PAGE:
June Interest Rate DecisionLeave a Comment
An increase in interest rates could be nearer than anyone thought!
Thursday’s meeting of the Monetary Policy Committee (MPC) of the Bank of England was expected to be a non-event. A Reuters poll of economists revealed that not one expected a move in base rates from the 0.25% set in the wake of the Brexit vote last year. They were all proved right, but…
Of the eight MPC members, three external members voted for a rate increase. It was the first time since 2011 that there had been three votes for a rate rise – and that was when the MPC had nine members. The 3-5 vote was a shock to the market and gave a brief boost to sterling.
The Bank’s statement noted that “CPI inflation has been pushed above the 2% target by the impact of last year’s sterling depreciation. It reached 2.9% in May, above the MPC’s expectation. Inflation could rise above 3% by the autumn, and is likely to remain above the target for an extended period as sterling’s depreciation continues to feed through into the prices of consumer goods and services. The 2½% fall in the exchange rate since the May Inflation Report, if sustained, will add to that imported inflationary impetus.” That concern about over-target inflation seems to have been the reason why the trio voted for a 0.25% rate increase, despite recent evidence that growth is slowing.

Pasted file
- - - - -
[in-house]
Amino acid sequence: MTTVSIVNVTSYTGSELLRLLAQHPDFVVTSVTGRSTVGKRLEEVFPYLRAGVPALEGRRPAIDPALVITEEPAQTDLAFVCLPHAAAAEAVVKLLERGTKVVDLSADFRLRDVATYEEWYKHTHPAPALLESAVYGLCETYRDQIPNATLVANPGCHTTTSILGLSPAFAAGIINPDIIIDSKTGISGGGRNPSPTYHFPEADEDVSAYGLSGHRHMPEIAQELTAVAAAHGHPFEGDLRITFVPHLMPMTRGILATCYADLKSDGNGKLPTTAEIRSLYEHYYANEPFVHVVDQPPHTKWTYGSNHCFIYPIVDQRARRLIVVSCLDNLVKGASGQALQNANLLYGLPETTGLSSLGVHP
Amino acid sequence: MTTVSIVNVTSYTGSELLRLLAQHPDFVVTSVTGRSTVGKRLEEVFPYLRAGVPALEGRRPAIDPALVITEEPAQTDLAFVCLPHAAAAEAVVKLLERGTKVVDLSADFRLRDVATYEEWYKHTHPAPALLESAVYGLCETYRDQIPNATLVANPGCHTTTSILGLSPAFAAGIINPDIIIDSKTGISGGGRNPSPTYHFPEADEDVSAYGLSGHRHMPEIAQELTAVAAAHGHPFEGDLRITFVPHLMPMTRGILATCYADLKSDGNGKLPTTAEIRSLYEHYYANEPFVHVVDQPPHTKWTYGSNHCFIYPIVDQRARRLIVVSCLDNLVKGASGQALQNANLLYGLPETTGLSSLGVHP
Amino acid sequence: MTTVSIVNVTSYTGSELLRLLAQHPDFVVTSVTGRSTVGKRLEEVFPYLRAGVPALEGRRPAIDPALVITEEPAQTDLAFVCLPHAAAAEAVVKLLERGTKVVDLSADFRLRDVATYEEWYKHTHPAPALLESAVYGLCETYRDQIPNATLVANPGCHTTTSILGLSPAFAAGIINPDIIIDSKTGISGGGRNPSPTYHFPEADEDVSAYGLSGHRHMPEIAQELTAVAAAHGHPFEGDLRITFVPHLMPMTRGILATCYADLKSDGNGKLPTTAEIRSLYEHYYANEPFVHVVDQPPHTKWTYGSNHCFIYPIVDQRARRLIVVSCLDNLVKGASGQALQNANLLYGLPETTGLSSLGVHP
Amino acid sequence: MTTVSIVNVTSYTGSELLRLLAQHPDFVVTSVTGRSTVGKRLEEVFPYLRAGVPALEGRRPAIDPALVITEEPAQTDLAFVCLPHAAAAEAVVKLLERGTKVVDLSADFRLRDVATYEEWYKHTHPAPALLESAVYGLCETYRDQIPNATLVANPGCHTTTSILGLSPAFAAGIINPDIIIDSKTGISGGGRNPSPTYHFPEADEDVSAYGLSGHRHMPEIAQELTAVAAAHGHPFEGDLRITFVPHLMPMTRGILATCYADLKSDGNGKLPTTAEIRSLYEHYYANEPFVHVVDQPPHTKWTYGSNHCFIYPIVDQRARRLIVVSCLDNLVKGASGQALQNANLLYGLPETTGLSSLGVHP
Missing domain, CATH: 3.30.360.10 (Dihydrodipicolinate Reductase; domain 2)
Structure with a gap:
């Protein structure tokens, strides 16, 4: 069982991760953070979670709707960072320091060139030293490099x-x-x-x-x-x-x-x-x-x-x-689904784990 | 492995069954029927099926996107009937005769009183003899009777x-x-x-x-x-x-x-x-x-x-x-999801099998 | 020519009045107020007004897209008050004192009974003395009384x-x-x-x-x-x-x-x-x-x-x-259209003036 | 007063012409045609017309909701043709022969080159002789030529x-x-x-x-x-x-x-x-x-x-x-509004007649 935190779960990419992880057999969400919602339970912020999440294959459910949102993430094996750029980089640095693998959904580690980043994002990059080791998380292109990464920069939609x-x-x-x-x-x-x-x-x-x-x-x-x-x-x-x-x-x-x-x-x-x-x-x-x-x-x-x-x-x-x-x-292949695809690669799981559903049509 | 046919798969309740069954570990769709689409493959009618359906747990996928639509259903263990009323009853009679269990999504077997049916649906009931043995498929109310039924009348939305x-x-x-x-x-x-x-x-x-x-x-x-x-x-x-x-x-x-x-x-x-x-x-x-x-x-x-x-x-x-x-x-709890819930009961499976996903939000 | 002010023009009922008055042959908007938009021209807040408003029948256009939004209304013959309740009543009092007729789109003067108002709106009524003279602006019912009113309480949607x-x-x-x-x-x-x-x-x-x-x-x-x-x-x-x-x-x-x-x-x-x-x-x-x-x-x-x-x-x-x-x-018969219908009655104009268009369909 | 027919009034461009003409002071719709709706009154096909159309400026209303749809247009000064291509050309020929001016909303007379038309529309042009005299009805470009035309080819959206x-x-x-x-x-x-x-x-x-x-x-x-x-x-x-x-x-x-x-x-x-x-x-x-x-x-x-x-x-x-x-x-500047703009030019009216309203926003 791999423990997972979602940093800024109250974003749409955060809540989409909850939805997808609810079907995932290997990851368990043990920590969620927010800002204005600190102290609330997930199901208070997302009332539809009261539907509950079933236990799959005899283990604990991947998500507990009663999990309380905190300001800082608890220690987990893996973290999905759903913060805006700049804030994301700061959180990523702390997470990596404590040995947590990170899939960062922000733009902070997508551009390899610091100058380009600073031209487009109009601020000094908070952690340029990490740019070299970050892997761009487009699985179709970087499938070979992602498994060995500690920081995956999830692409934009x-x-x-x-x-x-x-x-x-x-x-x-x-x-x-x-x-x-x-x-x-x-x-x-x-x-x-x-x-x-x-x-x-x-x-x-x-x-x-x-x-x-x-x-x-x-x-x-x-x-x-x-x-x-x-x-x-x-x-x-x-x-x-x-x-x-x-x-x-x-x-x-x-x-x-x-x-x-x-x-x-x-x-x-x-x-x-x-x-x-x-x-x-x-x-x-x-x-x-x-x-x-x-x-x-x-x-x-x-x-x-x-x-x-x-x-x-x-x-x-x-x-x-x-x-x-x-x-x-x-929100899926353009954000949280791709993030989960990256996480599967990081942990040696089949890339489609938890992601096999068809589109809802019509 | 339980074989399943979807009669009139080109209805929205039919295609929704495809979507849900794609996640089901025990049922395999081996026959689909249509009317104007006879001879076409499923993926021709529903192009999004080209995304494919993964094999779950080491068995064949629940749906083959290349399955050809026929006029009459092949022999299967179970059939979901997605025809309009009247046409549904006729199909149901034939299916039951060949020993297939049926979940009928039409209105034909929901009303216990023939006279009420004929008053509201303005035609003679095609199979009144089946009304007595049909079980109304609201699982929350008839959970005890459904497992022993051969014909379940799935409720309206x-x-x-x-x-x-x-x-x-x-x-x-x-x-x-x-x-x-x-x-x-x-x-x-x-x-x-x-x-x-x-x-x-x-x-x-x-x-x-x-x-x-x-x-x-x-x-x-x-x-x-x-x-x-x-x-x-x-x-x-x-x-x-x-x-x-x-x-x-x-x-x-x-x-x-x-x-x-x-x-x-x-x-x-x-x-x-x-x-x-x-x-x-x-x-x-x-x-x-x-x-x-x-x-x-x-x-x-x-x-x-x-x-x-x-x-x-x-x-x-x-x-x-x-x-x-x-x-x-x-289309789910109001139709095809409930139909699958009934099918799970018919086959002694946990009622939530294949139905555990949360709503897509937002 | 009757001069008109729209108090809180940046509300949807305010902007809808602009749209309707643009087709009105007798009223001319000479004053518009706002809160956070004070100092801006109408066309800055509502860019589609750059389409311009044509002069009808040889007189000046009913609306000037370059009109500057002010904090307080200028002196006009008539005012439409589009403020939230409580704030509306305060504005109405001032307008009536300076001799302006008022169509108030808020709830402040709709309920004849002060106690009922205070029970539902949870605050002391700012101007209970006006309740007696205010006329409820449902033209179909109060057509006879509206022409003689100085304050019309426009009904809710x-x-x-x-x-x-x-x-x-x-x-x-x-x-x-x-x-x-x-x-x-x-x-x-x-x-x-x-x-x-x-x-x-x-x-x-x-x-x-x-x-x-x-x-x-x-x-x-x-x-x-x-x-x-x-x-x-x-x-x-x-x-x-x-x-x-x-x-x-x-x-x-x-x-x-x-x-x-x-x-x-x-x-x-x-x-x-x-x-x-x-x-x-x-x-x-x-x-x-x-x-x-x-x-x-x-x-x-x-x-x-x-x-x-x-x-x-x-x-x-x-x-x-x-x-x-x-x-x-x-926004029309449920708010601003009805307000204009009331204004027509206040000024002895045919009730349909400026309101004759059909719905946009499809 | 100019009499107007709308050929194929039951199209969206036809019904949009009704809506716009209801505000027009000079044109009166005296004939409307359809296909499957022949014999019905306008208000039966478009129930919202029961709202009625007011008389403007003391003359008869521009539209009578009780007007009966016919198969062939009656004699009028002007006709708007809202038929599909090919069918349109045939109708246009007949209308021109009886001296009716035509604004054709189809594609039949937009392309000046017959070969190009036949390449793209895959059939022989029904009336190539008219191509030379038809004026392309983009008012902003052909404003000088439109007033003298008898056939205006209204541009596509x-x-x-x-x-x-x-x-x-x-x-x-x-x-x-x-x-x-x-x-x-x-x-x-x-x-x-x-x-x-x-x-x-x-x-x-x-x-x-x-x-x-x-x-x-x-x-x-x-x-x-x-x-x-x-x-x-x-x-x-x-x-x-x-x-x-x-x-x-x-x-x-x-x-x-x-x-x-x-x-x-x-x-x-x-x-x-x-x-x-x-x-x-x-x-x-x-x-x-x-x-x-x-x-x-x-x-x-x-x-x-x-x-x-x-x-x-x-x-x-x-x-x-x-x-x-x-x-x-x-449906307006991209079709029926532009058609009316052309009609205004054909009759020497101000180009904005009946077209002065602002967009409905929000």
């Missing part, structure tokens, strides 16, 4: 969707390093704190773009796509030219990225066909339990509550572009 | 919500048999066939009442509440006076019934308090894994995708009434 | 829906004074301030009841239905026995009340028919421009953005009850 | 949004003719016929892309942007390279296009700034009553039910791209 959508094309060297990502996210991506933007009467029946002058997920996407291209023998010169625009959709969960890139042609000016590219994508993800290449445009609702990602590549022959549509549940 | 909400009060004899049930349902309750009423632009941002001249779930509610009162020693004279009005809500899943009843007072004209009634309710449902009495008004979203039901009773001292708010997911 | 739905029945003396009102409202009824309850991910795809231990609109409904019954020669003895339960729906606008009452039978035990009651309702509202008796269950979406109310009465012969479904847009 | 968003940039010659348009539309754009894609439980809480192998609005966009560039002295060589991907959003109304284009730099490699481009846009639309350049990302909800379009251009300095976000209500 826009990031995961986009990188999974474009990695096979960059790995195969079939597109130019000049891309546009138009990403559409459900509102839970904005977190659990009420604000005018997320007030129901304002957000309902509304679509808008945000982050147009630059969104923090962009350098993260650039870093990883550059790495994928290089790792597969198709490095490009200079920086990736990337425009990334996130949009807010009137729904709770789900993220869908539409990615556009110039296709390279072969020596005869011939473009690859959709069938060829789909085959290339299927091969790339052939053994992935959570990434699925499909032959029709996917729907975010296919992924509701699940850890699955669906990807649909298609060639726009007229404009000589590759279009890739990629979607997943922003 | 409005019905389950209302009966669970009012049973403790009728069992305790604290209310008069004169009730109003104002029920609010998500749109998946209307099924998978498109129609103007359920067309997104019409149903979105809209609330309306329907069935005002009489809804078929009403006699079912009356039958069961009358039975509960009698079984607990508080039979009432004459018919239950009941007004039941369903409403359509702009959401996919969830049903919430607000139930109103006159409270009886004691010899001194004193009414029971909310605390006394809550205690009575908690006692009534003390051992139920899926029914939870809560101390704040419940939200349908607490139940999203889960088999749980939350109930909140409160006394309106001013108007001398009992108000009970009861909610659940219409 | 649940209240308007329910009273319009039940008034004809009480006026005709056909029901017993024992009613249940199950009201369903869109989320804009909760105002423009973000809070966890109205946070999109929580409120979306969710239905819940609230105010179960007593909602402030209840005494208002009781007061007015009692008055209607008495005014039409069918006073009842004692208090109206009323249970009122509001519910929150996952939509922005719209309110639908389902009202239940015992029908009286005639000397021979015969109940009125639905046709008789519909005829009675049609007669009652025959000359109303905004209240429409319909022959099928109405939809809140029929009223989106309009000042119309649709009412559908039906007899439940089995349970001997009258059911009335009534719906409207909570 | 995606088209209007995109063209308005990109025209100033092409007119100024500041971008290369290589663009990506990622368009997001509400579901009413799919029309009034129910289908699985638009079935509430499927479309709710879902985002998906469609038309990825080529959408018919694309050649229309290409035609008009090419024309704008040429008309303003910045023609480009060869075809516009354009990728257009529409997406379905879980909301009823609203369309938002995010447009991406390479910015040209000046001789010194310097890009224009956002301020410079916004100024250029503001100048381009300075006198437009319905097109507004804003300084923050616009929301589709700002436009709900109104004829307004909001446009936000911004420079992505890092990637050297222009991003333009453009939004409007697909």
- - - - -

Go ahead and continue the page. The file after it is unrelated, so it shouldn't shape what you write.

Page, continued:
One of those voting for the increase, Kristin Forbes, was attending her last MPC meeting. The election hiatus means that her replacement has not yet been chosen. Neither has a replacement been named for Charlotte Hogg, the deputy governor who resigned in the wake of a grilling from the Treasury Select Committee. In theory Mr Hammond could name two new members in time for 3 August’s MPC meeting, changing the voting mix significantly. Even so, yesterday’s general assumption among commentators that rates would not rise until 2019 is now probably consigned to history.
Across the pond, the US Federal Reserve increased its main short term rate by another 0.25% on Wednesday, taking it to a 1.00%-1.25% range. The Fed also set out the first steps to unwinding its bloated $4.2trn balance sheet, the result of its quantitative easing programme. The Bank of England still looks a long way behind…